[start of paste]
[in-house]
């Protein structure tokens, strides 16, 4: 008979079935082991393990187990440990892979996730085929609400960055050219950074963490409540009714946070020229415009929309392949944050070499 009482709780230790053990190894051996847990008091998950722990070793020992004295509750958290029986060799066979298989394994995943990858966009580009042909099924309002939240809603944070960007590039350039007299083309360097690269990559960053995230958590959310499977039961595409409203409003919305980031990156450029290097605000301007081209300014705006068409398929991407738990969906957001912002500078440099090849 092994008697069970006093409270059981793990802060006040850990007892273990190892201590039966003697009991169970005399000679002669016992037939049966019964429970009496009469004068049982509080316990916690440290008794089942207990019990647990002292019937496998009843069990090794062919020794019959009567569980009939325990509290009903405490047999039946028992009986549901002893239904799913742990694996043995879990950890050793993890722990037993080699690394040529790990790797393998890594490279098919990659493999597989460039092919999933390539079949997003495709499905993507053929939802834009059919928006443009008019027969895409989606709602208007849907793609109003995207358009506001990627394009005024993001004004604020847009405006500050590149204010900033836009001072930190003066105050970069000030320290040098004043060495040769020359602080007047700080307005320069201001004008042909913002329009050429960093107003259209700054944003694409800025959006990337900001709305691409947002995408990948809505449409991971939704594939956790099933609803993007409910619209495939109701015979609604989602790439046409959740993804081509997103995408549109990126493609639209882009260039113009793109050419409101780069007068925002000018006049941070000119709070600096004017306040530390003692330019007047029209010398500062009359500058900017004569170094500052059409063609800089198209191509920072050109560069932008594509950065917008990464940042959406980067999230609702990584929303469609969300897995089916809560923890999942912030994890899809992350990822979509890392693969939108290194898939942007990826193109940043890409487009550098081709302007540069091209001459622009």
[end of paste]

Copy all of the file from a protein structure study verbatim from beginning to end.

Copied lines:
[in-house]
């Protein structure tokens, strides 16, 4: 008979079935082991393990187990440990892979996730085929609400960055050219950074963490409540009714946070020229415009929309392949944050070499 009482709780230790053990190894051996847990008091998950722990070793020992004295509750958290029986060799066979298989394994995943990858966009580009042909099924309002939240809603944070960007590039350039007299083309360097690269990559960053995230958590959310499977039961595409409203409003919305980031990156450029290097605000301007081209300014705006068409398929991407738990969906957001912002500078440099090849 092994008697069970006093409270059981793990802060006040850990007892273990190892201590039966003697009991169970005399000679002669016992037939049966019964429970009496009469004068049982509080316990916690440290008794089942207990019990647990002292019937496998009843069990090794062919020794019959009567569980009939325990509290009903405490047999039946028992009986549901002893239904799913742990694996043995879990950890050793993890722990037993080699690394040529790990790797393998890594490279098919990659493999597989460039092919999933390539079949997003495709499905993507053929939802834009059919928006443009008019027969895409989606709602208007849907793609109003995207358009506001990627394009005024993001004004604020847009405006500050590149204010900033836009001072930190003066105050970069000030320290040098004043060495040769020359602080007047700080307005320069201001004008042909913002329009050429960093107003259209700054944003694409800025959006990337900001709305691409947002995408990948809505449409991971939704594939956790099933609803993007409910619209495939109701015979609604989602790439046409959740993804081509997103995408549109990126493609639209882009260039113009793109050419409101780069007068925002000018006049941070000119709070600096004017306040530390003692330019007047029209010398500062009359500058900017004569170094500052059409063609800089198209191509920072050109560069932008594509950065917008990464940042959406980067999230609702990584929303469609969300897995089916809560923890999942912030994890899809992350990822979509890392693969939108290194898939942007990826193109940043890409487009550098081709302007540069091209001459622009």